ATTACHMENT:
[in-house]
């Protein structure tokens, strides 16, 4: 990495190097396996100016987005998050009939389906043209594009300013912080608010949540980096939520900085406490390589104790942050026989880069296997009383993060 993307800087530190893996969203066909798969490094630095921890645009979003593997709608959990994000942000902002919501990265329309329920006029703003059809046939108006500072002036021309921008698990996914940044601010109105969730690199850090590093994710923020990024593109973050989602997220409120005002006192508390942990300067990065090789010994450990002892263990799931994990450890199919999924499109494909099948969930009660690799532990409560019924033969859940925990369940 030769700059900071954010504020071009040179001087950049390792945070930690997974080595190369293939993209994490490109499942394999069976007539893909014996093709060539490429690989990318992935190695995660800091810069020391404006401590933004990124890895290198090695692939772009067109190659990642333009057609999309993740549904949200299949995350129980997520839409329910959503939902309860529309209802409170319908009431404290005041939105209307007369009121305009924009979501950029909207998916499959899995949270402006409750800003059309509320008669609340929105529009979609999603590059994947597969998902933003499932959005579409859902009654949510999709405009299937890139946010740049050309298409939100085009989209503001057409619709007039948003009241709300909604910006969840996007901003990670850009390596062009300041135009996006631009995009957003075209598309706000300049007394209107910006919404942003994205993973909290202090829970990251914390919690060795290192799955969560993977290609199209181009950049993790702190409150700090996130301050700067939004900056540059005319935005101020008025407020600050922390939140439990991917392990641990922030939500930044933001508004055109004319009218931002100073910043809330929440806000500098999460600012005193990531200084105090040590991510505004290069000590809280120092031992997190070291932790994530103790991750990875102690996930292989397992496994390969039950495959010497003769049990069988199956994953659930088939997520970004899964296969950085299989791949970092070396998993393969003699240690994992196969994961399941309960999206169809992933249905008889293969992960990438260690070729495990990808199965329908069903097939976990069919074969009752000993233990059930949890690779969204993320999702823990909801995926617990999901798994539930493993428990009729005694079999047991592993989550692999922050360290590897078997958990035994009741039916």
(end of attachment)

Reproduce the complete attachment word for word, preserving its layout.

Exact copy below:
[in-house]
């Protein structure tokens, strides 16, 4: 990495190097396996100016987005998050009939389906043209594009300013912080608010949540980096939520900085406490390589104790942050026989880069296997009383993060 993307800087530190893996969203066909798969490094630095921890645009979003593997709608959990994000942000902002919501990265329309329920006029703003059809046939108006500072002036021309921008698990996914940044601010109105969730690199850090590093994710923020990024593109973050989602997220409120005002006192508390942990300067990065090789010994450990002892263990799931994990450890199919999924499109494909099948969930009660690799532990409560019924033969859940925990369940 030769700059900071954010504020071009040179001087950049390792945070930690997974080595190369293939993209994490490109499942394999069976007539893909014996093709060539490429690989990318992935190695995660800091810069020391404006401590933004990124890895290198090695692939772009067109190659990642333009057609999309993740549904949200299949995350129980997520839409329910959503939902309860529309209802409170319908009431404290005041939105209307007369009121305009924009979501950029909207998916499959899995949270402006409750800003059309509320008669609340929105529009979609999603590059994947597969998902933003499932959005579409859902009654949510999709405009299937890139946010740049050309298409939100085009989209503001057409619709007039948003009241709300909604910006969840996007901003990670850009390596062009300041135009996006631009995009957003075209598309706000300049007394209107910006919404942003994205993973909290202090829970990251914390919690060795290192799955969560993977290609199209181009950049993790702190409150700090996130301050700067939004900056540059005319935005101020008025407020600050922390939140439990991917392990641990922030939500930044933001508004055109004319009218931002100073910043809330929440806000500098999460600012005193990531200084105090040590991510505004290069000590809280120092031992997190070291932790994530103790991750990875102690996930292989397992496994390969039950495959010497003769049990069988199956994953659930088939997520970004899964296969950085299989791949970092070396998993393969003699240690994992196969994961399941309960999206169809992933249905008889293969992960990438260690070729495990990808199965329908069903097939976990069919074969009752000993233990059930949890690779969204993320999702823990909801995926617990999901798994539930493993428990009729005694079999047991592993989550692999922050360290590897078997958990035994009741039916």